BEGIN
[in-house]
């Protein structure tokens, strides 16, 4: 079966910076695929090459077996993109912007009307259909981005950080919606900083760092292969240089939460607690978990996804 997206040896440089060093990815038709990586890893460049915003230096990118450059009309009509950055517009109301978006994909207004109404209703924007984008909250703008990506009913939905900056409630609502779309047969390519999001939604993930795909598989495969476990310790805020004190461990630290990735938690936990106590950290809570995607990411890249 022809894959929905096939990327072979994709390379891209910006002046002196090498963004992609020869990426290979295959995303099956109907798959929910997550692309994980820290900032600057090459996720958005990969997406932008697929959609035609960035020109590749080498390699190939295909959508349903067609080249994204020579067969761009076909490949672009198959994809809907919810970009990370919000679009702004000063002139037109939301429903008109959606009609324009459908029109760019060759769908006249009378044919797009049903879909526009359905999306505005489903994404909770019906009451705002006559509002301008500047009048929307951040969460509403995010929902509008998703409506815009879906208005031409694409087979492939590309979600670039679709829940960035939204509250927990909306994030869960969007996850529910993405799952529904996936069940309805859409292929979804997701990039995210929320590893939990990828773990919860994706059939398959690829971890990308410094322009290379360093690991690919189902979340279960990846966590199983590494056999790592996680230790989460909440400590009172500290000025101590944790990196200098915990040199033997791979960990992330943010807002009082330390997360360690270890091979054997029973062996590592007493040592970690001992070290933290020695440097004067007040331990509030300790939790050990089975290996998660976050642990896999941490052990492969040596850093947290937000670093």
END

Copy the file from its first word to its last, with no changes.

[in-house]
């Protein structure tokens, strides 16, 4: 079966910076695929090459077996993109912007009307259909981005950080919606900083760092292969240089939460607690978990996804 997206040896440089060093990815038709990586890893460049915003230096990118450059009309009509950055517009109301978006994909207004109404209703924007984008909250703008990506009913939905900056409630609502779309047969390519999001939604993930795909598989495969476990310790805020004190461990630290990735938690936990106590950290809570995607990411890249 022809894959929905096939990327072979994709390379891209910006002046002196090498963004992609020869990426290979295959995303099956109907798959929910997550692309994980820290900032600057090459996720958005990969997406932008697929959609035609960035020109590749080498390699190939295909959508349903067609080249994204020579067969761009076909490949672009198959994809809907919810970009990370919000679009702004000063002139037109939301429903008109959606009609324009459908029109760019060759769908006249009378044919797009049903879909526009359905999306505005489903994404909770019906009451705002006559509002301008500047009048929307951040969460509403995010929902509008998703409506815009879906208005031409694409087979492939590309979600670039679709829940960035939204509250927990909306994030869960969007996850529910993405799952529904996936069940309805859409292929979804997701990039995210929320590893939990990828773990919860994706059939398959690829971890990308410094322009290379360093690991690919189902979340279960990846966590199983590494056999790592996680230790989460909440400590009172500290000025101590944790990196200098915990040199033997791979960990992330943010807002009082330390997360360690270890091979054997029973062996590592007493040592970690001992070290933290020695440097004067007040331990509030300790939790050990089975290996998660976050642990896999941490052990492969040596850093947290937000670093």